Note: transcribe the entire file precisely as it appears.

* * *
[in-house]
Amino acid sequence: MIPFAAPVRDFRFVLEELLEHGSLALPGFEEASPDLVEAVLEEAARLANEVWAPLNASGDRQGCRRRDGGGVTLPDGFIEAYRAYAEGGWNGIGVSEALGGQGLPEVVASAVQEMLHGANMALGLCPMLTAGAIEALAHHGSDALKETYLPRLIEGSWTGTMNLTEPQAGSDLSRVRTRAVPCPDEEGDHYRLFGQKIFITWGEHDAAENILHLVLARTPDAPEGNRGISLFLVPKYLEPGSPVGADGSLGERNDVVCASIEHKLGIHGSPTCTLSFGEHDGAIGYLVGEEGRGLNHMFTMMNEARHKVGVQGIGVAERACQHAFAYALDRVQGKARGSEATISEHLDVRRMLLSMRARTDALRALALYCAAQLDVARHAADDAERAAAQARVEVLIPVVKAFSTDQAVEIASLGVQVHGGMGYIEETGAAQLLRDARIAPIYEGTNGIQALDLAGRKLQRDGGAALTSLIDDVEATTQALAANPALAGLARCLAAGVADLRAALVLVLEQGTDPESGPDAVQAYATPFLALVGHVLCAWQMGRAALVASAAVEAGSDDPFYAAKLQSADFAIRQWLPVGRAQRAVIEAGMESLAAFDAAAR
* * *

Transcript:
[in-house]
Amino acid sequence: MIPFAAPVRDFRFVLEELLEHGSLALPGFEEASPDLVEAVLEEAARLANEVWAPLNASGDRQGCRRRDGGGVTLPDGFIEAYRAYAEGGWNGIGVSEALGGQGLPEVVASAVQEMLHGANMALGLCPMLTAGAIEALAHHGSDALKETYLPRLIEGSWTGTMNLTEPQAGSDLSRVRTRAVPCPDEEGDHYRLFGQKIFITWGEHDAAENILHLVLARTPDAPEGNRGISLFLVPKYLEPGSPVGADGSLGERNDVVCASIEHKLGIHGSPTCTLSFGEHDGAIGYLVGEEGRGLNHMFTMMNEARHKVGVQGIGVAERACQHAFAYALDRVQGKARGSEATISEHLDVRRMLLSMRARTDALRALALYCAAQLDVARHAADDAERAAAQARVEVLIPVVKAFSTDQAVEIASLGVQVHGGMGYIEETGAAQLLRDARIAPIYEGTNGIQALDLAGRKLQRDGGAALTSLIDDVEATTQALAANPALAGLARCLAAGVADLRAALVLVLEQGTDPESGPDAVQAYATPFLALVGHVLCAWQMGRAALVASAAVEAGSDDPFYAAKLQSADFAIRQWLPVGRAQRAVIEAGMESLAAFDAAAR